Brownstein & Nguyen founding partner Jay Brownstein has the experience, legal knowledge and business acumen necessary to provide trusted guidance and skilled representation in a variety of cases including breach of contract, partnership disputes, investor fraud, employment agreements and similar matters.

If you are involved in a shareholder, partnership or contract dispute, contact the experienced Atlanta business litigation attorneys of Brownstein & Nguyen.

Business Divorce

Let’s face it, when most people hear the word divorce they think about ending a marriage. After all, by definition divorce is, “a judicial declaration dissolving a marriage in whole or in part, especially one that releases the marriage partners from all matrimonial obligations.” Another definition is, “Any formal separation of husband and wife according to established custom.” However, a more generic definition is, “Total separation; disunion.”Business Conflict

If you look at that final definition, total separation or disunion, you’ll notice the context does not necessarily refer to marriage of persons. It could refer to a total separation or disunion of a contract or a business.

As an Atlanta business litigation lawyer, Jay Brownstein has years of experience assisting clients with business dissolutions and divorces. While a business divorce does not involve the ending of the marital union of two people, it does involve the separation of a business.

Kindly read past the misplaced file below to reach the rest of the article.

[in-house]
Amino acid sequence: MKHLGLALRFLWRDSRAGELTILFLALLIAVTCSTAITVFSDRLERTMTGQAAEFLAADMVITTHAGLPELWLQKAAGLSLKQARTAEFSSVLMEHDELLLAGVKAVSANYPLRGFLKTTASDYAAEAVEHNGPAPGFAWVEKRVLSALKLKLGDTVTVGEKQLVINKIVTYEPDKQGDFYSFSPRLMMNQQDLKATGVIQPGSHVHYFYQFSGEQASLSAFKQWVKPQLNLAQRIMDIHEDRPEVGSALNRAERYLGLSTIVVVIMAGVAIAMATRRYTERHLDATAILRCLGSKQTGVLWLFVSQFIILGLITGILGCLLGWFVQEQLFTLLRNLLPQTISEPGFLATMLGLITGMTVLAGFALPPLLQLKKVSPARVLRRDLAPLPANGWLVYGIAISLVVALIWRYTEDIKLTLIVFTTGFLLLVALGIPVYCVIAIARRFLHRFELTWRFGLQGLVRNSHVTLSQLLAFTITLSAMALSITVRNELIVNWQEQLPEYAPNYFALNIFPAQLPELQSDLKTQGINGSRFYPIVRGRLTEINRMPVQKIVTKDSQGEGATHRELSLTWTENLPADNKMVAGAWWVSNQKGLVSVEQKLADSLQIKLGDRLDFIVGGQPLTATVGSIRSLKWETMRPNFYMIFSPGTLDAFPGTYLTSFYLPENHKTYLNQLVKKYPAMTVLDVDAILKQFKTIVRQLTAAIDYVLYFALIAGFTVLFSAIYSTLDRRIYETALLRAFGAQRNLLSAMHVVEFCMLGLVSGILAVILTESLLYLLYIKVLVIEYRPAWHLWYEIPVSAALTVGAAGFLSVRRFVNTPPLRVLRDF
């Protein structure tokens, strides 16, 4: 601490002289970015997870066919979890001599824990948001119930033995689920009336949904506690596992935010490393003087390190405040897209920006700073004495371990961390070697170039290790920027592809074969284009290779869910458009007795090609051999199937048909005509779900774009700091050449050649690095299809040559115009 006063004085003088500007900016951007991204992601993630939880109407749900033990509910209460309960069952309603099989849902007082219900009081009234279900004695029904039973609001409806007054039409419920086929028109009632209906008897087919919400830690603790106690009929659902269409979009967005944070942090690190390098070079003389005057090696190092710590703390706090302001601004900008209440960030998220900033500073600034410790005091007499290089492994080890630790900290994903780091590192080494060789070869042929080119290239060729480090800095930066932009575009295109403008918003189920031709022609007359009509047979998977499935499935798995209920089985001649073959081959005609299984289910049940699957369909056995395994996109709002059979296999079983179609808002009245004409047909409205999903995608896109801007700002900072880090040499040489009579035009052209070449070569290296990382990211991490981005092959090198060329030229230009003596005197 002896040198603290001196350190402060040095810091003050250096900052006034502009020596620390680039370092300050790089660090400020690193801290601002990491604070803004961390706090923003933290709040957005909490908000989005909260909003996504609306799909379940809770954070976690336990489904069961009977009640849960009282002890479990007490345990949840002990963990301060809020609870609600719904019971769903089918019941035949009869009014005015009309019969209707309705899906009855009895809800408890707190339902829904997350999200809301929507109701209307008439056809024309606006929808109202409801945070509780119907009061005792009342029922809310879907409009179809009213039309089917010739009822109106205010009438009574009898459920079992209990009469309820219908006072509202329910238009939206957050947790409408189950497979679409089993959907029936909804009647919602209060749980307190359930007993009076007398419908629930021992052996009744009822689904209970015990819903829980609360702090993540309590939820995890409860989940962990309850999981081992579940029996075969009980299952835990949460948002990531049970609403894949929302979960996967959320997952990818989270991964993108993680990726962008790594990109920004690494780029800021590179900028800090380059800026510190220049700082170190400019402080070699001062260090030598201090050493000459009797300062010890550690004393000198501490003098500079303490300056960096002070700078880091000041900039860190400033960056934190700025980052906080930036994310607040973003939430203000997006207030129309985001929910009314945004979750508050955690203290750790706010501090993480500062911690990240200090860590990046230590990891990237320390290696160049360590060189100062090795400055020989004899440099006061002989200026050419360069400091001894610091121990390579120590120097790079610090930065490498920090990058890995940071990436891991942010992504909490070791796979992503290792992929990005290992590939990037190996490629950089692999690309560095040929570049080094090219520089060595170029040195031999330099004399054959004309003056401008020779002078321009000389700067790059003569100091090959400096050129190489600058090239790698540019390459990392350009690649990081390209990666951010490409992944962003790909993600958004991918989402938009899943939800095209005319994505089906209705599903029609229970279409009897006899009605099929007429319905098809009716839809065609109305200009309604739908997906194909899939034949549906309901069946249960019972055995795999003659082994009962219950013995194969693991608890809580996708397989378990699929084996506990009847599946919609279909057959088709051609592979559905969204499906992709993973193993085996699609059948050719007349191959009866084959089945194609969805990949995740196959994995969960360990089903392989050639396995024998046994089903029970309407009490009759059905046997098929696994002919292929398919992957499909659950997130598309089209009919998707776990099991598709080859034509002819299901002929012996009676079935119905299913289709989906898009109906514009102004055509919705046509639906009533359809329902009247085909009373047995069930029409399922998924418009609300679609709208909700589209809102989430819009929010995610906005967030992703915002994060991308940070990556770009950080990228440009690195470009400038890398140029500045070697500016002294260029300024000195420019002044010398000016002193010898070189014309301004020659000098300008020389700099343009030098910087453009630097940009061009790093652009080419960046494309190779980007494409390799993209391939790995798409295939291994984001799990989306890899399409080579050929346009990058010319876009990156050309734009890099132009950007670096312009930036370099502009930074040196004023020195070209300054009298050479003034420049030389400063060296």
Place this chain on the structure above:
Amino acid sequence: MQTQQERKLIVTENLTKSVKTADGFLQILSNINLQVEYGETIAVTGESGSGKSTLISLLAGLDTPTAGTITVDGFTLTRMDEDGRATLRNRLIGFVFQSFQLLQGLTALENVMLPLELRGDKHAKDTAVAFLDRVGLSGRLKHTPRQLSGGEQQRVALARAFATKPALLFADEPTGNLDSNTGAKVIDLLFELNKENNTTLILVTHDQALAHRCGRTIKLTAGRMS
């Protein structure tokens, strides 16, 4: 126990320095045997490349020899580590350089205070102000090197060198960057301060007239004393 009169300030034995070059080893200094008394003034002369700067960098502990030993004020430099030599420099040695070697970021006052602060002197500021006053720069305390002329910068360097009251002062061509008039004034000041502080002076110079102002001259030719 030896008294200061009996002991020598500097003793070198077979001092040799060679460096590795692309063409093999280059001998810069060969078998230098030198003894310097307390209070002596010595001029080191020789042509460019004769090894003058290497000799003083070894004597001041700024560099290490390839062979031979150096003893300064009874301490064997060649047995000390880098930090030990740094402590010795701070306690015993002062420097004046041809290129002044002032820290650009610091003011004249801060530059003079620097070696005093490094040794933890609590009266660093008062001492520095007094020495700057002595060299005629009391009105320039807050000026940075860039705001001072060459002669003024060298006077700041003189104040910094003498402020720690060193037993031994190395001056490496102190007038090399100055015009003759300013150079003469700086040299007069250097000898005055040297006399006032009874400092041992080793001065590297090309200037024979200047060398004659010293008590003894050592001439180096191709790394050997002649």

There are numerous scenarios in which a business divorce might become necessary, varying widely from one situation to another. Sometimes when a business is formed between two or more partners, a formal agreement exists that outlines the parties’ rights upon separation. However, many partnerships do not have a written agreement. In those cases, the parties’ rights can be dictated by the circumstances and applicable law.

After a business is formed, a variety of situations can occur in which one or more partners or shareholders realize that a change must occur. Differences in business strategies, goals or financial philosophies can cause serious obstacles to the continued operation of a business. If business partners agree to part ways or dissolve a business, an appropriate agreement for dissolution, transfer in ownership, or partnership buyout can be drafted and signed by the parties. However, where a disagreement can not be resolved amicably, a business divorce may require that legal counsel take certain actions to protect a client’s legal rights (including the possible filing of a court action).

If you are facing a disagreement with your business partners and need to find a resolution that is agreeable and legally sound, contact Atlanta business dispute attorney Jay Brownstein.